Xaxa Xiang

Born in Mataró (Barcelona) but with Chinese parents, Xaxa was grown up in a Catalan family and knew just some basic Chinese language as she started learning the language a year before leaving Barcelona in Confucius School. That was her second time in China but the first one not in tourism and alone.
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What was the best place you visited outside of your study abroad city?

Xaxa: Hua Shan, totally! (not the same as Huang Shan, which I would also like to go some day). After finishing my study in Omeida my boyfriend came to visit me and we made a three-week tour around China. At the beginning, we were quite afraid of going because I’d read it had the most dangerous trail in the world and I couldn’t stop thinking I still had too many things to do before dying.

Anyway, we finally decided to go, and I am so glad we did. As I’m not used to go hiking it was quite a challenge for me and the journey was really tiring but after 8 hours walking I felt really accomplished once at the top. Besides, we also made a couple of friends, one of them from Barcelona, too.

Another place that surprised me in a positive way was Hong Kong, totally different from Mainland China.

What is one piece of advice you'd give future ​Omeida Chinese Academy students?

hua shan mountain

Xaxa: Studying in Omeida and living in Yangshuo is much more than learning Chinese. It is hard to explain, you have to experience it so don’t hesitate going. In Yangshuo you will not only be surrounded by an amazing landscape but also be taught by great teachers and staff who happen to be better friends. I would also recommend them to attend the weekly cultural class and join Saturday outings, as well as taking part into the language partner program, one of the best chances to learn more about Chinese people and culture.

Finally, if this is your first time in China, forget all you think you know about it and start observing. In China, I was surprised by the fact that many people didn’t know where Spain is and the ones that did it just knew about football and bullfights, which actually I’m totally against. That’s the same with China, it’s much more than all the preconceived ideas we have about eating dog or spitting into the ground (which actually they do a lot). And if English is not your mother tongue you will find yourself improving your English too!

Describe your favorite must-have food that you tried abroad.

Xaxa: Qiezi!! I still have to meet a foreigner who doesn’t love Chinese eggplant but it is not about the eggplant itself, is the way they cook it that makes it so great. I had never eaten that much of it before! Actually, in China you can find lots of delicious food but you have to choose well and if you do it, you can really enjoy their food.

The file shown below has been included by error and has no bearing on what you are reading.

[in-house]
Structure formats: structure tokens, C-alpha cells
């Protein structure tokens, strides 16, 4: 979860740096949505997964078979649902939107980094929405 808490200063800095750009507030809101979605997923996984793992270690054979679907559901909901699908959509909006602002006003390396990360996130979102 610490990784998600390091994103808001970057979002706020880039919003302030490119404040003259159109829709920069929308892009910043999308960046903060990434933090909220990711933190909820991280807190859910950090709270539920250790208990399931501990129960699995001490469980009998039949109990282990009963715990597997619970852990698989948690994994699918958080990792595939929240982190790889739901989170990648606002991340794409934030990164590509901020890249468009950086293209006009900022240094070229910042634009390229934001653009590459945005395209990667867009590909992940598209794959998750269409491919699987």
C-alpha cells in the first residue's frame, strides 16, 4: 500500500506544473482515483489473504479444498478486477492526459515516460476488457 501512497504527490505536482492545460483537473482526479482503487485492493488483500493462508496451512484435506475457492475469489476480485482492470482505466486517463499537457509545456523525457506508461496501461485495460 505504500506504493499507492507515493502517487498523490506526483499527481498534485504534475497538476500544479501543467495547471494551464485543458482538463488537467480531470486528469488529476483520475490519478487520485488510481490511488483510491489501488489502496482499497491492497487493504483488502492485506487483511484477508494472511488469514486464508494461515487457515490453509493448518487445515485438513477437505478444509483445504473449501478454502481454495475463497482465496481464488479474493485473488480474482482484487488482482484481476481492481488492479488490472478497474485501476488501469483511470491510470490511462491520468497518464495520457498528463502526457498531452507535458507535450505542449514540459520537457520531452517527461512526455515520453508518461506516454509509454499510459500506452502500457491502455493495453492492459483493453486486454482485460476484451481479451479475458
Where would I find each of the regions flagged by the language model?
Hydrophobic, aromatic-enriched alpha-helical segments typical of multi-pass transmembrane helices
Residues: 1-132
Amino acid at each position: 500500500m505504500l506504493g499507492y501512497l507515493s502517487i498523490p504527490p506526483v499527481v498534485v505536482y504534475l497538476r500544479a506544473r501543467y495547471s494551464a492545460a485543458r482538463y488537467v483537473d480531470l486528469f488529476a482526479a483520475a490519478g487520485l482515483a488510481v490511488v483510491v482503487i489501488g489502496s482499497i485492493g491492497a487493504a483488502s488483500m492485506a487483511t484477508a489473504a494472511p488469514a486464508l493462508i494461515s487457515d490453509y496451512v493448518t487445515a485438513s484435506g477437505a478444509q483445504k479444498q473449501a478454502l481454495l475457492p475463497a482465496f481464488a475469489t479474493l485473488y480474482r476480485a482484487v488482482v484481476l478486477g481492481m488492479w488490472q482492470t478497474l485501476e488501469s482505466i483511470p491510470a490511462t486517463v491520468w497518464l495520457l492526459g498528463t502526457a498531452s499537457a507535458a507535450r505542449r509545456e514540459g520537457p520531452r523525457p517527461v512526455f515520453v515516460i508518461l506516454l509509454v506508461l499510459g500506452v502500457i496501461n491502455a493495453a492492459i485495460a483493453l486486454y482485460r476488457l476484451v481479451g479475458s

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On the other hand, Chinese breakfast was my favorite meal so I would also say that roubao (meat steam bun) and qiancengbing (big fried pancake with spices) are a must-have.

Did you run into a language barrier? Did you ever think you knew more/less of the language?

Xaxa: I would rather say it was a cultural barrier as sometimes it was difficult for us to understand each other not because of the language we were using but because our ways of thinking and processing the information was totally different so we had to work harder to get what the other was trying to say.

Even though, that’s what I enjoy the most when learning from others as sometimes it is funny to see how influenced are we by the things that surround us and the way we were educated, even we don’t like to admit it. Push myself so as to understand others is one of the things that makes me grow as a person and, for me, the most beautiful part when travelling and meeting people.

Do you think your program changed you as a person?

Xaxa: I met lots of people when in China but also learn more about myself. Before leaving Barcelona I thought I would be a little bit homesick because it was my first time away from my family and friends and also because I was going to the other side of the world, with a total different culture, food, climate and everything.

But then turned out that I was really happy there thanks to all the friends I made and the amazing time we had together. I‘d never liked saying goodbye so, after all, it was really tough to leave Yangshuo as I knew meeting all my friends again would be quite difficult (but not impossible).